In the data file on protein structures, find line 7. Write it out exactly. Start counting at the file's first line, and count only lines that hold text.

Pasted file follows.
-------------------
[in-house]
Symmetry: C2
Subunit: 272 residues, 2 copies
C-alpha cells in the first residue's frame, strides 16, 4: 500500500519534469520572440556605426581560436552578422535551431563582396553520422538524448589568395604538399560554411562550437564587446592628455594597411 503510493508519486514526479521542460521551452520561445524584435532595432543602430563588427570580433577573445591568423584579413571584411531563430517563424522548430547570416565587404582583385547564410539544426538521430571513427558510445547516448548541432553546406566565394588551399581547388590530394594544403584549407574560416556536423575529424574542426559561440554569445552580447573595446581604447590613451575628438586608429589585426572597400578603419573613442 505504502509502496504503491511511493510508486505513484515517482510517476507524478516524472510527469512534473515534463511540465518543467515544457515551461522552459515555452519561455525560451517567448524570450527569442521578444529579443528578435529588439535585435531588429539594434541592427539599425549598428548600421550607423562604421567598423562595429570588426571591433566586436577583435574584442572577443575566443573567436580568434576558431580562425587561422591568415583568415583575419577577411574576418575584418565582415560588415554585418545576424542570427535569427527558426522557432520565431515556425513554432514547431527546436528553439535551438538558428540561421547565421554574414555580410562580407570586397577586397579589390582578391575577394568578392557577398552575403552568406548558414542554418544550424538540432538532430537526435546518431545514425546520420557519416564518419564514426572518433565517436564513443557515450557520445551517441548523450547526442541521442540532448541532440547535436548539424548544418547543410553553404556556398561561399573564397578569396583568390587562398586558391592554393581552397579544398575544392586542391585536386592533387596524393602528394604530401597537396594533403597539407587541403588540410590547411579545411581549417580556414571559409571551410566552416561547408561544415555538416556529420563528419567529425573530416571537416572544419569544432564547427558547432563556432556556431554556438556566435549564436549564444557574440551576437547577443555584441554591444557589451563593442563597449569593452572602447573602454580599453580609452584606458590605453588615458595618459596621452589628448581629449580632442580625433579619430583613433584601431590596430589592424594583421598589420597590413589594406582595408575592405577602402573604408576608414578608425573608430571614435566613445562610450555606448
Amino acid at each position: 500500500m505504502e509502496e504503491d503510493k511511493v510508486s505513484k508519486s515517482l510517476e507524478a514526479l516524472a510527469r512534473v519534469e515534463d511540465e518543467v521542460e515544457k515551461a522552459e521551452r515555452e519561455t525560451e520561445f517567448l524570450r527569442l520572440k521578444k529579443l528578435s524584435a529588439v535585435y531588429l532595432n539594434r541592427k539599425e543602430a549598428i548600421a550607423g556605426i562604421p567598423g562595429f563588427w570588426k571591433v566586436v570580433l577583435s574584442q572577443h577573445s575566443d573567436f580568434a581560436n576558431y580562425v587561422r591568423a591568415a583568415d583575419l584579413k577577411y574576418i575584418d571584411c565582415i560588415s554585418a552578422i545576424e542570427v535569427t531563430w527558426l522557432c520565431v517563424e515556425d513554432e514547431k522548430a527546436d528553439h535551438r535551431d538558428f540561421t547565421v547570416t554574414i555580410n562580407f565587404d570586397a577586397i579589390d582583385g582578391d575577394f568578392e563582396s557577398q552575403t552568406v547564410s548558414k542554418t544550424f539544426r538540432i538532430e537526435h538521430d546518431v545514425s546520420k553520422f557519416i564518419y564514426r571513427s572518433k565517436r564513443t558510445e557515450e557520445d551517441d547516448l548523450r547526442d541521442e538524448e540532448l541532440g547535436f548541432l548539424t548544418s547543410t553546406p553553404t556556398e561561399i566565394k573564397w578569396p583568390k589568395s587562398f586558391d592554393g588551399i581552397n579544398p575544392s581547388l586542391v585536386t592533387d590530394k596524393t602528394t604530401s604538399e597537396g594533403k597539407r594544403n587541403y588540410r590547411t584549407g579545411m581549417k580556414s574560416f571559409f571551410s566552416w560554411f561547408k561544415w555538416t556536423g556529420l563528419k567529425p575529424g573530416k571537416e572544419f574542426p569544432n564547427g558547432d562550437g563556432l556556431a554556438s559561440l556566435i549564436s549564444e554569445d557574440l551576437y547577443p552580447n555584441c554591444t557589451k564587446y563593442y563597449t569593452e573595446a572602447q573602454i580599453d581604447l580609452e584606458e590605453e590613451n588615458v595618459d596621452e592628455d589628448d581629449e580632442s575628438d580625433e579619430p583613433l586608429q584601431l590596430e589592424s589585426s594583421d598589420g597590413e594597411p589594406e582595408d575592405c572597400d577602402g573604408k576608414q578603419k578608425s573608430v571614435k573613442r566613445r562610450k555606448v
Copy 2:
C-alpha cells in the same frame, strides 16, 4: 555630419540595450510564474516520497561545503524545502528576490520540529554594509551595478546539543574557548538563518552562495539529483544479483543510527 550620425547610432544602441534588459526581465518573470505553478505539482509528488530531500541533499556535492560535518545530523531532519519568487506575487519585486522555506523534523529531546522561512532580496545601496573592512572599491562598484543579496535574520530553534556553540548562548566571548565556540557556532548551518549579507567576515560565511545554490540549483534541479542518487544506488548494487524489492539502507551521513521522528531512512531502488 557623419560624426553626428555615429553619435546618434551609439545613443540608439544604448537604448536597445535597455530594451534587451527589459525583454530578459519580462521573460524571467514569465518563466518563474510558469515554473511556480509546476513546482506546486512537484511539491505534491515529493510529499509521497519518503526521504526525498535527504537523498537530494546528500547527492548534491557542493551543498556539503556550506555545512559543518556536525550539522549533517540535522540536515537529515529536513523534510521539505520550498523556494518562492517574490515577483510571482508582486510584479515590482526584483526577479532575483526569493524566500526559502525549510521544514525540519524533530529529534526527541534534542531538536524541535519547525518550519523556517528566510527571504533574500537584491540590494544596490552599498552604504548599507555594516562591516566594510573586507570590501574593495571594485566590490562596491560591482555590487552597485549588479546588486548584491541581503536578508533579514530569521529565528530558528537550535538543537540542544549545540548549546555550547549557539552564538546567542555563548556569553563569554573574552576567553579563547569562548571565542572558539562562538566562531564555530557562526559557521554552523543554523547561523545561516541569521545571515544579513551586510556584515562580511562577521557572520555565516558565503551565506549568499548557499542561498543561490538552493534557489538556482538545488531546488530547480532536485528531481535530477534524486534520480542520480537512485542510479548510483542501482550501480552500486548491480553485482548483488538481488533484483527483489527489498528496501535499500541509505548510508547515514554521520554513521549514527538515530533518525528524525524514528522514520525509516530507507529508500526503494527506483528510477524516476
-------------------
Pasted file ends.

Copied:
C-alpha cells in the same frame, strides 16, 4: 555630419540595450510564474516520497561545503524545502528576490520540529554594509551595478546539543574557548538563518552562495539529483544479483543510527 550620425547610432544602441534588459526581465518573470505553478505539482509528488530531500541533499556535492560535518545530523531532519519568487506575487519585486522555506523534523529531546522561512532580496545601496573592512572599491562598484543579496535574520530553534556553540548562548566571548565556540557556532548551518549579507567576515560565511545554490540549483534541479542518487544506488548494487524489492539502507551521513521522528531512512531502488 557623419560624426553626428555615429553619435546618434551609439545613443540608439544604448537604448536597445535597455530594451534587451527589459525583454530578459519580462521573460524571467514569465518563466518563474510558469515554473511556480509546476513546482506546486512537484511539491505534491515529493510529499509521497519518503526521504526525498535527504537523498537530494546528500547527492548534491557542493551543498556539503556550506555545512559543518556536525550539522549533517540535522540536515537529515529536513523534510521539505520550498523556494518562492517574490515577483510571482508582486510584479515590482526584483526577479532575483526569493524566500526559502525549510521544514525540519524533530529529534526527541534534542531538536524541535519547525518550519523556517528566510527571504533574500537584491540590494544596490552599498552604504548599507555594516562591516566594510573586507570590501574593495571594485566590490562596491560591482555590487552597485549588479546588486548584491541581503536578508533579514530569521529565528530558528537550535538543537540542544549545540548549546555550547549557539552564538546567542555563548556569553563569554573574552576567553579563547569562548571565542572558539562562538566562531564555530557562526559557521554552523543554523547561523545561516541569521545571515544579513551586510556584515562580511562577521557572520555565516558565503551565506549568499548557499542561498543561490538552493534557489538556482538545488531546488530547480532536485528531481535530477534524486534520480542520480537512485542510479548510483542501482550501480552500486548491480553485482548483488538481488533484483527483489527489498528496501535499500541509505548510508547515514554521520554513521549514527538515530533518525528524525524514528522514520525509516530507507529508500526503494527506483528510477524516476